Barry Roux sits with his client Oscar Pistorius at the end of the day in court on Tuesday, March 17, 2014.   Picture: SIPHIWE SIBEKO
Barry Roux sits with his client Oscar Pistorius at the end of the day in court on Tuesday, March 17, 2014. Picture: SIPHIWE SIBEKO

Ballistics expert back on stand

By SHAIN GERMANER Time of article published Mar 19, 2014

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Pretoria - When Oscar Pistorius shot Reeva Steenkamp he was a mere 220cm away.

This was the evidence of Captain Chris Mangena, a police ballistics expert who testified in the Pistorius murder trial on Tuesday.

Armed with a tripod, a laser device and Pistorius’s measurements, Mangena traced the trajectory of the hail of bullets which killed Steenkamp.

According to his results, the four holes in the wood were all between 93cm and 104cm from the ground, corroborating Pistorius’s story he had been on his stumps when he fired at the intruder he claims he thought was behind the door.

Mangena was also able to determine Pistorius had fired from a slight downward angle, just five or six degrees.

When he told the court he had needed the post-mortem report to determine Steenkamp’s position inside the cramped toilet cubicle, her mother, June, looked distraught in the court gallery.

Comforted by the small selection of family, friends and ANC Women’s League members around her, she listened as Mangena described the gunshot wounds her daughter had sustained, and the bruises on her chest and back.

He had also analysed her bloody, torn shirt with a bullet hole in it.

The ballistics expert concluded one of the bullets had missed Steenkamp, and created a mark on the cubicle wall before ricocheting into another. But the other three had penetrated Steenkamp’s body.

Mangena was expected to continue his testimony on Wednesday when State Advocate Gerrie Nel continues to lead evidence.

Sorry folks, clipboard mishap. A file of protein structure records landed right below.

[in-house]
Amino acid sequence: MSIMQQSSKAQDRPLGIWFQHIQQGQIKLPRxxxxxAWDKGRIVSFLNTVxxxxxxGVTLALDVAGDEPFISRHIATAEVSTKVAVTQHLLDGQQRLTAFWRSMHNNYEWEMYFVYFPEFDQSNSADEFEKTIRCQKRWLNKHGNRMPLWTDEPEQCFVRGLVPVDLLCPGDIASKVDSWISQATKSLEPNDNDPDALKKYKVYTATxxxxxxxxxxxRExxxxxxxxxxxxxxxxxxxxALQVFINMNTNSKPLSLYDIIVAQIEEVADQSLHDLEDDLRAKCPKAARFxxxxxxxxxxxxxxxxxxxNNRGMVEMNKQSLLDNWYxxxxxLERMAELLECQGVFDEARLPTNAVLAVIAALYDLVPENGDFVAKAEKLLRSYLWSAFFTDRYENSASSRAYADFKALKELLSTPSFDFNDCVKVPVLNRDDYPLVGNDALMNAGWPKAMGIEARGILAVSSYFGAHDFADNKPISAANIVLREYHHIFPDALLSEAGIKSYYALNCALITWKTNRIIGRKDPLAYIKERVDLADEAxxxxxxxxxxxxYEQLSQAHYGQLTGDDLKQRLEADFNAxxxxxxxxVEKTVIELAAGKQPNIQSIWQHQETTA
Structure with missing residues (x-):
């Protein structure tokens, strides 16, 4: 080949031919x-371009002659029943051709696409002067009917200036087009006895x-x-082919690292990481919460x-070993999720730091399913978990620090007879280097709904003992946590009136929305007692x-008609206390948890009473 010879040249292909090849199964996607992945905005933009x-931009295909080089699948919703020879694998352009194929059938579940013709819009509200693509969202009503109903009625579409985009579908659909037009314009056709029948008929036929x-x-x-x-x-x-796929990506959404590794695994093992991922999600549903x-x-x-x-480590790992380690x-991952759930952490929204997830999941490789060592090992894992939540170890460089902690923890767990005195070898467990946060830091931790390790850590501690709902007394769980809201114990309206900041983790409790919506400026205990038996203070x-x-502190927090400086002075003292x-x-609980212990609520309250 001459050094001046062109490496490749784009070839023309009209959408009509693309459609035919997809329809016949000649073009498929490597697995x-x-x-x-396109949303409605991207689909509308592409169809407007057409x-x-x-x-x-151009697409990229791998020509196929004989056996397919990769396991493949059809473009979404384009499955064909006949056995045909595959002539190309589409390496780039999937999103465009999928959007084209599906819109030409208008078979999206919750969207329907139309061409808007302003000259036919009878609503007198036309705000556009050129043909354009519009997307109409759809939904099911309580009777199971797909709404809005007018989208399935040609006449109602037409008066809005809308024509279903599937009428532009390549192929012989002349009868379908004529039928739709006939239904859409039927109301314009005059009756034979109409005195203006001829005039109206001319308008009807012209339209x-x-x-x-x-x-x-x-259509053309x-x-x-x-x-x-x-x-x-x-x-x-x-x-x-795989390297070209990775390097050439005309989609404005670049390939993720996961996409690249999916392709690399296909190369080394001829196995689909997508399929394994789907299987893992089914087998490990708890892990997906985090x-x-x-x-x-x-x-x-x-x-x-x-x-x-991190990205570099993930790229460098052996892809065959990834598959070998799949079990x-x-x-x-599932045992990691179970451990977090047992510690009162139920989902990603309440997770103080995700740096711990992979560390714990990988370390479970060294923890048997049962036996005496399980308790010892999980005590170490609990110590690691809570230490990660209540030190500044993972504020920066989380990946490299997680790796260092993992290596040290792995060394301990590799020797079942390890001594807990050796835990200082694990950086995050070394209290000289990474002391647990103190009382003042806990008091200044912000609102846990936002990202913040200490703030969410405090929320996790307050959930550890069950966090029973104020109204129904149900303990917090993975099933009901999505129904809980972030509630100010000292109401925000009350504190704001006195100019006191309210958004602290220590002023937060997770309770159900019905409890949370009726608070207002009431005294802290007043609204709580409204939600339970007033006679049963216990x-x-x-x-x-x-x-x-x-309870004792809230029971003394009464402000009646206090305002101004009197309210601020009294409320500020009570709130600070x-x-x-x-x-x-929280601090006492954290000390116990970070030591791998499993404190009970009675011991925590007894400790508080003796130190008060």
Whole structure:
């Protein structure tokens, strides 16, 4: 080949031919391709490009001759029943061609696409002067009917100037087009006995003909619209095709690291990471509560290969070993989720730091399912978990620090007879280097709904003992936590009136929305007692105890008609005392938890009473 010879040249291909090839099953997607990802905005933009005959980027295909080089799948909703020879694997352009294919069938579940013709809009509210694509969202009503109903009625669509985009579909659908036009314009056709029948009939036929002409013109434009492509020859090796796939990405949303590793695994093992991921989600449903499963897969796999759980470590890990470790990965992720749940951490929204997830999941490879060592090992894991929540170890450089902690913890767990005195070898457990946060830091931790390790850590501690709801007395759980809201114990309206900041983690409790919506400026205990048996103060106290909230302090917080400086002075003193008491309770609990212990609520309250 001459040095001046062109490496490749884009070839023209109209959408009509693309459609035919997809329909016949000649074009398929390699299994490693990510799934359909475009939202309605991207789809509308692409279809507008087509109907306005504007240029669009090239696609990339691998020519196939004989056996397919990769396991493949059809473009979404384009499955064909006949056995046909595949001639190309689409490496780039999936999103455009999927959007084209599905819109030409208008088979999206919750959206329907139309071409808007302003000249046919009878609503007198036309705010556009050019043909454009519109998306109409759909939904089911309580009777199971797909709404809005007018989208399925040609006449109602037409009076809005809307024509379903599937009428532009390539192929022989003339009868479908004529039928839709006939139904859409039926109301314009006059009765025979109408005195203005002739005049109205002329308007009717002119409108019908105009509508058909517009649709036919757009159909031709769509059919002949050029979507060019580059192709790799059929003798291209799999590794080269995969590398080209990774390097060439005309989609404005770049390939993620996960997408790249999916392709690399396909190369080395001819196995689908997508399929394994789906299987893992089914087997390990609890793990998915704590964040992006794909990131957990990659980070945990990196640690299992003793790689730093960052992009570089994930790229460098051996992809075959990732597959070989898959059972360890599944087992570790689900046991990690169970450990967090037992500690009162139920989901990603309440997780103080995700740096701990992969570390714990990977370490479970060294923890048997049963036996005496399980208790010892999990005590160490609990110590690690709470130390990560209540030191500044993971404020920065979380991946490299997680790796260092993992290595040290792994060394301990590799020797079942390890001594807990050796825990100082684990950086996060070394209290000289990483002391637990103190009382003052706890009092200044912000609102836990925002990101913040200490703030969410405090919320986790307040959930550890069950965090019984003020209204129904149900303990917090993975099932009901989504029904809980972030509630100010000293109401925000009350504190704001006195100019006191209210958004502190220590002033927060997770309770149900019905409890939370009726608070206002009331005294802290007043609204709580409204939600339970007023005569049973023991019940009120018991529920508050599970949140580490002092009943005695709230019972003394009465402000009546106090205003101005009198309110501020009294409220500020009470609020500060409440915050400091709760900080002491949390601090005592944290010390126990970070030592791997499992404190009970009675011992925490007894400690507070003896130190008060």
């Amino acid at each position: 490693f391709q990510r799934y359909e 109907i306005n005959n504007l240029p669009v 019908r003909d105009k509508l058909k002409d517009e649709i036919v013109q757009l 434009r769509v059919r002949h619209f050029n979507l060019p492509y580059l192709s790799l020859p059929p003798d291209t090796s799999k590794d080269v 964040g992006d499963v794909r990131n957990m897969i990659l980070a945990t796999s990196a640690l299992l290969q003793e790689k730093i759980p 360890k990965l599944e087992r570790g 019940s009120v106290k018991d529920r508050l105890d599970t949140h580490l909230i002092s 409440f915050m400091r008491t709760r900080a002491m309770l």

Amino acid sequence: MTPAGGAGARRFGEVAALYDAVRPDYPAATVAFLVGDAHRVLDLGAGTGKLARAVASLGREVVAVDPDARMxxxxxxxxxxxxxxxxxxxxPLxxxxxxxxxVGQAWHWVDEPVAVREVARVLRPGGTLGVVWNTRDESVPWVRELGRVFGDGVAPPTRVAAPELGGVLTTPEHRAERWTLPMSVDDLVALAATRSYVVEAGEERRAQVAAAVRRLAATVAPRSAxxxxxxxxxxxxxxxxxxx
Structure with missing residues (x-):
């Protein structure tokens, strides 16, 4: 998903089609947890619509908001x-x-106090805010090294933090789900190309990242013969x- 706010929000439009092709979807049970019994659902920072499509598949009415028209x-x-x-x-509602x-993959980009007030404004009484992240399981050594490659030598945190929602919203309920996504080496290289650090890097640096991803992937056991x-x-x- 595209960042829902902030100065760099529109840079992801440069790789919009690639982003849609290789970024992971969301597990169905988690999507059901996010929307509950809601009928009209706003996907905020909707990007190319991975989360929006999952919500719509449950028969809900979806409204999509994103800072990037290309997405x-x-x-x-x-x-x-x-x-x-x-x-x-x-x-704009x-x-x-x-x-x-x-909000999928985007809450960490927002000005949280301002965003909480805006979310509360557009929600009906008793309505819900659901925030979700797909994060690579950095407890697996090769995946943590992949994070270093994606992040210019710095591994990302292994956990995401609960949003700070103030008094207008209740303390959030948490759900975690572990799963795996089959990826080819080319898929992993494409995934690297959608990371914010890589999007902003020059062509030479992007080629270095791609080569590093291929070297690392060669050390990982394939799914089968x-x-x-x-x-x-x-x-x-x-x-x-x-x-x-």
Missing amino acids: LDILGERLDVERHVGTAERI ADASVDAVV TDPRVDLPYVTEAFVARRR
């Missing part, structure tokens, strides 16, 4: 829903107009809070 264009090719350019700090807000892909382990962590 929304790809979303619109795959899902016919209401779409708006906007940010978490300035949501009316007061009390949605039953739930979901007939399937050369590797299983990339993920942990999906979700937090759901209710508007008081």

Before Mangena took the stand, defence advocate Barry Roux criticised the conduct of the police and their handling of the crime scene.

Warrant Officer Bennie van Staden, the crime scene photographer at Pistorius’s home the night Steenkamp was killed, had been grilled a second day by Roux.

The officer had told the court that after being escorted upstairs to the shooting scene by then-investigator Hilton Botha, he had been left alone to photograph the scene.

Roux argued the time codes from Van Staden’s images, as well as those of another investigator, Colonel HS Motha, showed the pair had been in the bathroom shortly after 6am on the morning of the shooting.

But Van Staden denied this, as well as the accusations that vital evidence, including the firearm, two cellphones and cricket bat had been moved before police had properly recorded the scene.

The bat had moved slightly between two of Van Staden’s pictures, while the bath mat the gun had been lying on looked stretched out in one image, yet not in another.

Van Staden had been unable to explain why the bat, or certain items in the main bedroom appeared to have been moved, but suggested the bath mat had been moved because one of the cellphones recovered was directly underneath it.

It was also revealed Motha had later been removed from the scene as he had handled the firearm “making it safe” without gloves, and Van Staden had reprimanded him, asking him to leave.

But the mystery around the damage to the main bedroom door continued, as the court was told Van Staden had only photographed the 4mm hole and other damage to the door a day after the investigation began.

But neither the defence or the State has told the court what the significance could be.

Van Staden also revealed he and former witness Colonel Johan Vermeulen had been responsible for “selecting” the photos to be presented to the court on his tests of the bat against the bathroom door.

Pistorius had tried to break through the bathroom door on the night of the shooting and Vermeulen had said the angles at which marks had been made on the door suggested Pistorius had been on his stumps at that point – contradicting the athlete’s version of events.

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